He sat, slumping into his chair with a thump, and he stared at her. She was nothing human. He knew that now, even if he hadn’t before, and he watched her with new wariness.
She took the seat opposite his, crossing one long, elegant leg over the other. “Now. Will you listen to me?”
“What are you?”
She sighed. “Your kind often call us angels.”
He gaped at her, words fleeing from him. He knew he must look like a particularly gormless goldfish, his mouth opening and closing, opening and closing, but he couldn’t… His hand flew to his watch. He couldn’t help wondering if there was some truth to the rumours; if, as some said, people like him really could summon things onto this plane. Perhaps this was in some way his fault. It would surprise him: he could maybe, if he were on a busy high street and waved his arms about a bit, summon a taxi, but that was all.
Jesus, sometimes he really hated being a Scholar.
Her eyes moved with the motion, though she didn’t turn her head. “You presume too much,” she said, after a moment. “You couldn’t even look at us in our true forms without being killed by the knowledge – quite why you think you could command us…” She shook her head, and Adrian got the sense she’d barely stopped herself from rolling her eyes.
Her words suddenly registered. True forms. “So I take it you don’t look like this?”
Once again, she shook her head. ”We’re… complex. To comprehend us as we truly are would most likely drive you mad.”
“Impressive,” he remarked, his mouth moving before his brain made the decision.
“Yes,” she said matter-of-factly. “This” – she gestured to herself – “is more for your comfort than mine.” She shifted in her seat slightly, exhaling. It was strange, the breaking of that confident, straight-backed posture; for all of a moment, she seemed nearly… human. “I was sent here. I was told I needed to find the book, and that this was the best place to ask.”
“Who told you that?”
“Management,” was her curt reply. Adrian waited, but she didn’t elaborate on that, and somehow, Adrian hadn’t expectedher to. He’d doubted she’d start unravelling the mysteries of the universe for a puny mortal, but part of him had hoped, foolish as it was.
“What’s in the book? Why this book?”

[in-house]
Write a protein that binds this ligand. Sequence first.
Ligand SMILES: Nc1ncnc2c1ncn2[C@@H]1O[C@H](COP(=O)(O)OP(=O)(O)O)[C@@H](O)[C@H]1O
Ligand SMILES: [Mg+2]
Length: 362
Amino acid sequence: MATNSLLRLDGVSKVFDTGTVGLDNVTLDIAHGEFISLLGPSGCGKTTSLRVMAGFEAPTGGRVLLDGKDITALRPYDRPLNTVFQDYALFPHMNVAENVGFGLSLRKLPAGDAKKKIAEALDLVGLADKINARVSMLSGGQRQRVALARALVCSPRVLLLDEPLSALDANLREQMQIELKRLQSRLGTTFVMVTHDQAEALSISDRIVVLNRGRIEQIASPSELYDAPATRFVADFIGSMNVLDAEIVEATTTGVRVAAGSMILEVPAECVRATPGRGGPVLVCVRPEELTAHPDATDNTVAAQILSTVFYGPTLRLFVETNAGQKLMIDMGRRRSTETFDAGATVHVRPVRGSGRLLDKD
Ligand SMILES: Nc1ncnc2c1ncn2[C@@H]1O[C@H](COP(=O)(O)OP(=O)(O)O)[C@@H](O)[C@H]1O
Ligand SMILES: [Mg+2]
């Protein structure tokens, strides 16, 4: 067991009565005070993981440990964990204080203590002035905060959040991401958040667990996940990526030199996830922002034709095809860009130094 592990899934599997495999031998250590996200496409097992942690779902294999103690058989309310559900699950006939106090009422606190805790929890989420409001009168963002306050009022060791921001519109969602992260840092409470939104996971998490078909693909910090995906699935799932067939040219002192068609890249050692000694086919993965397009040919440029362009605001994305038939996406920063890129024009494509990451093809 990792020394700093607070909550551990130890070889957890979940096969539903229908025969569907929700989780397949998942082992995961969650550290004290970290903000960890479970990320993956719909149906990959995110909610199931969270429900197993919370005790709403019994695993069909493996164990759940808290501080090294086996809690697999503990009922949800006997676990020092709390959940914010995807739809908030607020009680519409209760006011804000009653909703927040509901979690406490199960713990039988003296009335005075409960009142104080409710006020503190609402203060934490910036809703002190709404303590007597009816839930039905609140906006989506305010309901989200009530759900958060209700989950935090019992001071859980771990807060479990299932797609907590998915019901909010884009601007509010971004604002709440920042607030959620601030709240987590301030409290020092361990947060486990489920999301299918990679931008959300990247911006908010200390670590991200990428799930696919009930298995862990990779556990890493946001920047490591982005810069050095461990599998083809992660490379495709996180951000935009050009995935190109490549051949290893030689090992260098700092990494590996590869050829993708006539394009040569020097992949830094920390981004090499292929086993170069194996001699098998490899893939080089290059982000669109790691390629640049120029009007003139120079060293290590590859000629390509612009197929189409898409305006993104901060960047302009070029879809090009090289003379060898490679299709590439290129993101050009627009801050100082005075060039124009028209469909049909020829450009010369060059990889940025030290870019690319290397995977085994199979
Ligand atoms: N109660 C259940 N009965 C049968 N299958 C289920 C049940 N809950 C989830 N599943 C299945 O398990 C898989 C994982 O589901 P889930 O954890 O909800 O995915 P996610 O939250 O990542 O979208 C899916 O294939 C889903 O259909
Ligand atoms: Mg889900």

She frowned at him. “Do you catch flies, with a mouth open so often?” When he – unusually – said nothing by way of reply, she said, “Why d’you feel the need to ask so many questions?”
“Don’t you, when you’re given these vague, arbitrary missions?”
“That’s not part of my job description.”
She glared at him. He glared back. Somewhere in the shop, a clock he must have forgotten about ticked.
Several seconds passed before he said, “Why the hell should I help you?”
She pointedly eyed the watch chain leading into his waistcoat pocket. “If I don’t acquire this book, every registered Scholar dies.”
He searched for words and had no luck.
Tick. The clock carried on.
If he’d been in some sort of TV show – or some novel where he was the Chosen One, the only person able to save the day – he’d have jumped at the chance, said something heroic that would probably become a catchphrase later on.
Instead, he blinked a few times, swallowed to try and restore moisture to his suddenly dry mouth, and asked, “Why me?”
The angel cocked her head, her brow crinkling as if he’d said something terribly stupid. “Why not you?” She straightened, nodded towards his laptop. “May I?”
Adrian considered further resistance, but she was an angel, he was tired, and every person who shared his strange little condition was at risk. He stood up, offering her the chair.
She nodded her thanks before starting to type, and Adrian absentmindedly wondered when ageless divine warriors had learned to Google. “This one?”
He leaned over to take a look. Then looked again. Then triple-checked. There were very few details provided on the page, and nothing about the contents of the book was shown. One detail, however, was all too clear.
“Sorry, how much?”
After she’d swept out of the shop with no hint of a goodbye, Adrian shook himself out of his daze, thought of countless Scholars, and ordered the book.
After all, who the hell wouldn’t have?